Christina Aguilera seems too small to contain her voice. The 19-year-old singer's bare waist so thin you'd think it could fit between two parentheses looks too tiny to support the strong, soulful melismata that flow from her lips. In fact, Aguilera's talent seems to require more space than the teen-pop world can provide. While Mandy Moore and the like go comfortably about the business of churning out plastic pop and Britney Spears manufactures successful distractions like her striptease at the recent MTV Video Music Awards Aguilera's vocals strain and flutter against the confinement of her songs, a seagull in a parakeet cage.
On Aguilera's CD "Mi Reflejo," (RCA) she's finally able to stretch her wings. Aguilera is half Irish American and half Ecuadoran, but she was primarily raised in an English-speaking home. With this new CD she sets off in search of her Spanish heritage, a modern-day answer to the Spanish explorers of centuries past. The conquistadors were seeking a new world; Aguilera is searching for her roots. The CD, produced by Rudy Perez (Luis Miguel), consists of five translations of her pop hits and six original Spanish recordings.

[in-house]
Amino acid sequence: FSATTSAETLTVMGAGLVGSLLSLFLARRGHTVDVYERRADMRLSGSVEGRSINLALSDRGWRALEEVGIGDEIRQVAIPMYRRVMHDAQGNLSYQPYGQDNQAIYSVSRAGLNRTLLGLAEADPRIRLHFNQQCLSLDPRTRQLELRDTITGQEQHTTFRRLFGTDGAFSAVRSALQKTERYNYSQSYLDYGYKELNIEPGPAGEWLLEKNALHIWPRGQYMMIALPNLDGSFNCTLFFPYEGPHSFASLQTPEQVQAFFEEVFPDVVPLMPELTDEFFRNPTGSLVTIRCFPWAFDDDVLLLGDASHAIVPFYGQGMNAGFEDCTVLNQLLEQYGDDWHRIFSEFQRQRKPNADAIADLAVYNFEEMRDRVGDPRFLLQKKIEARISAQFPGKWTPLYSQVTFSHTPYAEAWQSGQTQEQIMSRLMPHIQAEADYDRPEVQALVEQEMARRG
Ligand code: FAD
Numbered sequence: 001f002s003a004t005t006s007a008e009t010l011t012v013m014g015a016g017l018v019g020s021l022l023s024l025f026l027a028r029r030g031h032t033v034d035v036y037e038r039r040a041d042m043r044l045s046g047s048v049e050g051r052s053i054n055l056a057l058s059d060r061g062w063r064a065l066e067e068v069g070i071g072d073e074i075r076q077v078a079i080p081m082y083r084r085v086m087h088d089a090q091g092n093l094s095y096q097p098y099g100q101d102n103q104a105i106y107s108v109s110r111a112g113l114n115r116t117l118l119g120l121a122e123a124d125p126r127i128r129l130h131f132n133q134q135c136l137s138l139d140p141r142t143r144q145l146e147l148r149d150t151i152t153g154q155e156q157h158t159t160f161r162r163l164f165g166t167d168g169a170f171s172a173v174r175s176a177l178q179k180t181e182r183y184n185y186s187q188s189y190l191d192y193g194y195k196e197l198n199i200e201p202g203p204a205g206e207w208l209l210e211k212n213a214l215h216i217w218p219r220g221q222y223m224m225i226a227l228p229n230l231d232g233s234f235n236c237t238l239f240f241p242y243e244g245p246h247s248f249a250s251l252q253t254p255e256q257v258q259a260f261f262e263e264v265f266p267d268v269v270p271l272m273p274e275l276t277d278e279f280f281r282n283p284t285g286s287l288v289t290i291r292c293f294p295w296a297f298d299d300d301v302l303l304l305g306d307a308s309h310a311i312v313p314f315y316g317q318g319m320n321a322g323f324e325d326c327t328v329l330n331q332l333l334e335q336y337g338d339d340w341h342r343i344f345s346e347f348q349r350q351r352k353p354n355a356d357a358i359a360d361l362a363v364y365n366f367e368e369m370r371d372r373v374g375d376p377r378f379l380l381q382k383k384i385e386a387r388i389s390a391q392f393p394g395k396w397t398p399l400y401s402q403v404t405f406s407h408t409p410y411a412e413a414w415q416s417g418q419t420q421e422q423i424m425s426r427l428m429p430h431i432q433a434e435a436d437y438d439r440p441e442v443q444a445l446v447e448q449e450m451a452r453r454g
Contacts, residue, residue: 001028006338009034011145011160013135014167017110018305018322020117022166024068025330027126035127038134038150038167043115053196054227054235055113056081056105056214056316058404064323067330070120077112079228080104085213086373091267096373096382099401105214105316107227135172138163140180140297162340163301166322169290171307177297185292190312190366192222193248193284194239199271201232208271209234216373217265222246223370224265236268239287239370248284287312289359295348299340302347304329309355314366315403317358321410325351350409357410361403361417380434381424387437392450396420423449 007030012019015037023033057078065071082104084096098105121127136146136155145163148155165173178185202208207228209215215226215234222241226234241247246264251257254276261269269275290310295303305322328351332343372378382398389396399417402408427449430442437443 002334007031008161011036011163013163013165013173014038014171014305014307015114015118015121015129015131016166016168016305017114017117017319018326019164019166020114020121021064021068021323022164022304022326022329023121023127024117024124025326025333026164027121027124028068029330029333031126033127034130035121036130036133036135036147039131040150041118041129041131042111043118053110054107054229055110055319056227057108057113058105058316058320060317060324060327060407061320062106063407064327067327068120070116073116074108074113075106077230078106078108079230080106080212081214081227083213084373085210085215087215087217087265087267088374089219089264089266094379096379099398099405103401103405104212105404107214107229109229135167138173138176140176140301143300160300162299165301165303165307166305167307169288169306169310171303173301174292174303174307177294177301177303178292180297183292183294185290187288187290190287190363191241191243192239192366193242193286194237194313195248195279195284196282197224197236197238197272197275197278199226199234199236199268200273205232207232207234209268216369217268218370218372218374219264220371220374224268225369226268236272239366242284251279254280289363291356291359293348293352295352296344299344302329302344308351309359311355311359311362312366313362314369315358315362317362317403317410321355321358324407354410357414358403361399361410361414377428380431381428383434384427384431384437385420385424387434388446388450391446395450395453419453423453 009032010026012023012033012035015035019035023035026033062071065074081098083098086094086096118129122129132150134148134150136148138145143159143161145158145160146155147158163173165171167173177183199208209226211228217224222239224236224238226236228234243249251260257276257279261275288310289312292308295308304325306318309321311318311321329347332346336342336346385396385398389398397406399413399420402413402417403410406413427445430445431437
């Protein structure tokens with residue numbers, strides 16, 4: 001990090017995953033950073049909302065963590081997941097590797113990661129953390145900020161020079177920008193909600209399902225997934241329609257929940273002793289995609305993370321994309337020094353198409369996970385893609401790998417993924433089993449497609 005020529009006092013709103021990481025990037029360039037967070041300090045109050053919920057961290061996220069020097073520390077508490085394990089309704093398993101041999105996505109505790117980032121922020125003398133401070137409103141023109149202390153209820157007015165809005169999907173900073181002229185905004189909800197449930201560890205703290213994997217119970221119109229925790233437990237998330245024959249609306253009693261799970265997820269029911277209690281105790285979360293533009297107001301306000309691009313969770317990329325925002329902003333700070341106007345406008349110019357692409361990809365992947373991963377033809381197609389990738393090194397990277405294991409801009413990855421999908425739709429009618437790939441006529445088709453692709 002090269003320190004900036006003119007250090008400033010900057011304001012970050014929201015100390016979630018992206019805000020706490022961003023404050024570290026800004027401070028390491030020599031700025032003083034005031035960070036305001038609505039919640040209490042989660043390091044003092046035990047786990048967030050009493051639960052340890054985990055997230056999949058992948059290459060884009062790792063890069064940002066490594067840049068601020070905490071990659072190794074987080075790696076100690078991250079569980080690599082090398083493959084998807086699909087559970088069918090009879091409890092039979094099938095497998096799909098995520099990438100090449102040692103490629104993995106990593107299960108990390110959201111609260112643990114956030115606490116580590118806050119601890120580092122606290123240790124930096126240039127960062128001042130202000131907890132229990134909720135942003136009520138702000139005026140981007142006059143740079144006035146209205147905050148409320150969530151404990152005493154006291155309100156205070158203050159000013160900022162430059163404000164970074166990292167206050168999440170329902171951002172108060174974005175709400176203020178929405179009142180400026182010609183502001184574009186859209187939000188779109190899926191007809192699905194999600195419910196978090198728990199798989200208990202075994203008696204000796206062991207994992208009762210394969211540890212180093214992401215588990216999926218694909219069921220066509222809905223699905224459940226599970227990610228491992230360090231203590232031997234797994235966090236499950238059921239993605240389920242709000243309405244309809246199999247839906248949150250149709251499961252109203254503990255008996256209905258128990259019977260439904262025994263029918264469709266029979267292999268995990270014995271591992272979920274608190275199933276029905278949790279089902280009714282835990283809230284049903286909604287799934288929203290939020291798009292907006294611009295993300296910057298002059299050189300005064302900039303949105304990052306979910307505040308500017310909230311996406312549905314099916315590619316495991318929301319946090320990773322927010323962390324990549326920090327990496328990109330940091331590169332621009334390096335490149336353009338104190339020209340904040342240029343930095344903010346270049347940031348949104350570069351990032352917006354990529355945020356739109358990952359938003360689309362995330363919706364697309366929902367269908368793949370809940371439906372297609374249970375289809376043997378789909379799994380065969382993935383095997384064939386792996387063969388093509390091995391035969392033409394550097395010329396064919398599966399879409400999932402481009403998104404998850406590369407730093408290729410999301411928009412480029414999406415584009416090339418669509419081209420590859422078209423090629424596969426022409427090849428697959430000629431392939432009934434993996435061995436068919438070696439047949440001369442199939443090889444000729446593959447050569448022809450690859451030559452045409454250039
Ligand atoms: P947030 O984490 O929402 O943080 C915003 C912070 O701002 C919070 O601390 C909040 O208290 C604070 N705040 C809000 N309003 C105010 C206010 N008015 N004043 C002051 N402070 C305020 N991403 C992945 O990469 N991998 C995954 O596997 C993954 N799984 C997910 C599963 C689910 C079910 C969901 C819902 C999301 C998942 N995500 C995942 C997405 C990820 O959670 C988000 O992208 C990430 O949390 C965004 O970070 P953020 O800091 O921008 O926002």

The collection offers Aguilera stylistic challenges. Confronted with the bolero standard "Contigo en la Distancia," she lends the song nuanced passion. And on "Cuando No Es Contigo," a hard-salsa number coproduced by Sergio George (Marc Anthony), Aguilera confidently charges through tempo changes. It's a Latin implosion, and she impressively stokes new fires within.